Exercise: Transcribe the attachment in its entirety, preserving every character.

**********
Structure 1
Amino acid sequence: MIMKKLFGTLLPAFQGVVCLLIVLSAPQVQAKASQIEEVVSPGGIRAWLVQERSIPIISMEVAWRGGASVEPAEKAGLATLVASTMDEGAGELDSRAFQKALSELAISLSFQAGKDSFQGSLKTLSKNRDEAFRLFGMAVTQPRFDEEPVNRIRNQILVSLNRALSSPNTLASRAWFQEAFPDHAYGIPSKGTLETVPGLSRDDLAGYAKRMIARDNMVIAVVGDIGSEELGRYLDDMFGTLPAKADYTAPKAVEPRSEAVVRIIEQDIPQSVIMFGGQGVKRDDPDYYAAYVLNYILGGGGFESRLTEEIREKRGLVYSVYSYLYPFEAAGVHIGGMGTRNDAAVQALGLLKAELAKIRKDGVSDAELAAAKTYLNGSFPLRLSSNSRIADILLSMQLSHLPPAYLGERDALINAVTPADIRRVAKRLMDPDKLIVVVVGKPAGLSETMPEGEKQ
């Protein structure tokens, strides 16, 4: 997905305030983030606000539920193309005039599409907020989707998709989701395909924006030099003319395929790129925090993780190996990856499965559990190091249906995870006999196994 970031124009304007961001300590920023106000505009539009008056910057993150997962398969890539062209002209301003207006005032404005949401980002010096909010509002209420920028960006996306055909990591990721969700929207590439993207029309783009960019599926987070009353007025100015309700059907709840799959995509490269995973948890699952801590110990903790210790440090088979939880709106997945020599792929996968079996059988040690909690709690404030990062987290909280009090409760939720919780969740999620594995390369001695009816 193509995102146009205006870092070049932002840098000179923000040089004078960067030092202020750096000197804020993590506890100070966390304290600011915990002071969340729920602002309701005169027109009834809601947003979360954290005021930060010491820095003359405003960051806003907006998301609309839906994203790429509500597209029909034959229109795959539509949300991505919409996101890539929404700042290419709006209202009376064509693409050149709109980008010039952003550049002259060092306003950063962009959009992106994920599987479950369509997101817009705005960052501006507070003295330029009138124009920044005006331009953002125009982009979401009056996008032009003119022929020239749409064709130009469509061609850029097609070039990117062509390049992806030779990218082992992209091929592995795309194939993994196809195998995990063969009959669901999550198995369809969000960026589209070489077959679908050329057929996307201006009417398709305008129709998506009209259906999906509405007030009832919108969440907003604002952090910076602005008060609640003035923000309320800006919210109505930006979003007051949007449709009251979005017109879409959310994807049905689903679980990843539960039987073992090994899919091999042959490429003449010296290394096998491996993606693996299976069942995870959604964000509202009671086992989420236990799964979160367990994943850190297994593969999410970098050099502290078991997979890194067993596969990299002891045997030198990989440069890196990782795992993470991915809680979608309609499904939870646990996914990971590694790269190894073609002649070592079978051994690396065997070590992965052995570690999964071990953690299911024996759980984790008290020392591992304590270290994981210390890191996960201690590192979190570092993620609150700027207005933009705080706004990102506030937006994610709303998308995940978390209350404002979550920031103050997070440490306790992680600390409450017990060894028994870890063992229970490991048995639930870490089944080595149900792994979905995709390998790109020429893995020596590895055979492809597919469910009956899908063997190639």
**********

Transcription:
Structure 1
Amino acid sequence: MIMKKLFGTLLPAFQGVVCLLIVLSAPQVQAKASQIEEVVSPGGIRAWLVQERSIPIISMEVAWRGGASVEPAEKAGLATLVASTMDEGAGELDSRAFQKALSELAISLSFQAGKDSFQGSLKTLSKNRDEAFRLFGMAVTQPRFDEEPVNRIRNQILVSLNRALSSPNTLASRAWFQEAFPDHAYGIPSKGTLETVPGLSRDDLAGYAKRMIARDNMVIAVVGDIGSEELGRYLDDMFGTLPAKADYTAPKAVEPRSEAVVRIIEQDIPQSVIMFGGQGVKRDDPDYYAAYVLNYILGGGGFESRLTEEIREKRGLVYSVYSYLYPFEAAGVHIGGMGTRNDAAVQALGLLKAELAKIRKDGVSDAELAAAKTYLNGSFPLRLSSNSRIADILLSMQLSHLPPAYLGERDALINAVTPADIRRVAKRLMDPDKLIVVVVGKPAGLSETMPEGEKQ
């Protein structure tokens, strides 16, 4: 997905305030983030606000539920193309005039599409907020989707998709989701395909924006030099003319395929790129925090993780190996990856499965559990190091249906995870006999196994 970031124009304007961001300590920023106000505009539009008056910057993150997962398969890539062209002209301003207006005032404005949401980002010096909010509002209420920028960006996306055909990591990721969700929207590439993207029309783009960019599926987070009353007025100015309700059907709840799959995509490269995973948890699952801590110990903790210790440090088979939880709106997945020599792929996968079996059988040690909690709690404030990062987290909280009090409760939720919780969740999620594995390369001695009816 193509995102146009205006870092070049932002840098000179923000040089004078960067030092202020750096000197804020993590506890100070966390304290600011915990002071969340729920602002309701005169027109009834809601947003979360954290005021930060010491820095003359405003960051806003907006998301609309839906994203790429509500597209029909034959229109795959539509949300991505919409996101890539929404700042290419709006209202009376064509693409050149709109980008010039952003550049002259060092306003950063962009959009992106994920599987479950369509997101817009705005960052501006507070003295330029009138124009920044005006331009953002125009982009979401009056996008032009003119022929020239749409064709130009469509061609850029097609070039990117062509390049992806030779990218082992992209091929592995795309194939993994196809195998995990063969009959669901999550198995369809969000960026589209070489077959679908050329057929996307201006009417398709305008129709998506009209259906999906509405007030009832919108969440907003604002952090910076602005008060609640003035923000309320800006919210109505930006979003007051949007449709009251979005017109879409959310994807049905689903679980990843539960039987073992090994899919091999042959490429003449010296290394096998491996993606693996299976069942995870959604964000509202009671086992989420236990799964979160367990994943850190297994593969999410970098050099502290078991997979890194067993596969990299002891045997030198990989440069890196990782795992993470991915809680979608309609499904939870646990996914990971590694790269190894073609002649070592079978051994690396065997070590992965052995570690999964071990953690299911024996759980984790008290020392591992304590270290994981210390890191996960201690590192979190570092993620609150700027207005933009705080706004990102506030937006994610709303998308995940978390209350404002979550920031103050997070440490306790992680600390409450017990060894028994870890063992229970490991048995639930870490089944080595149900792994979905995709390998790109020429893995020596590895055979492809597919469910009956899908063997190639």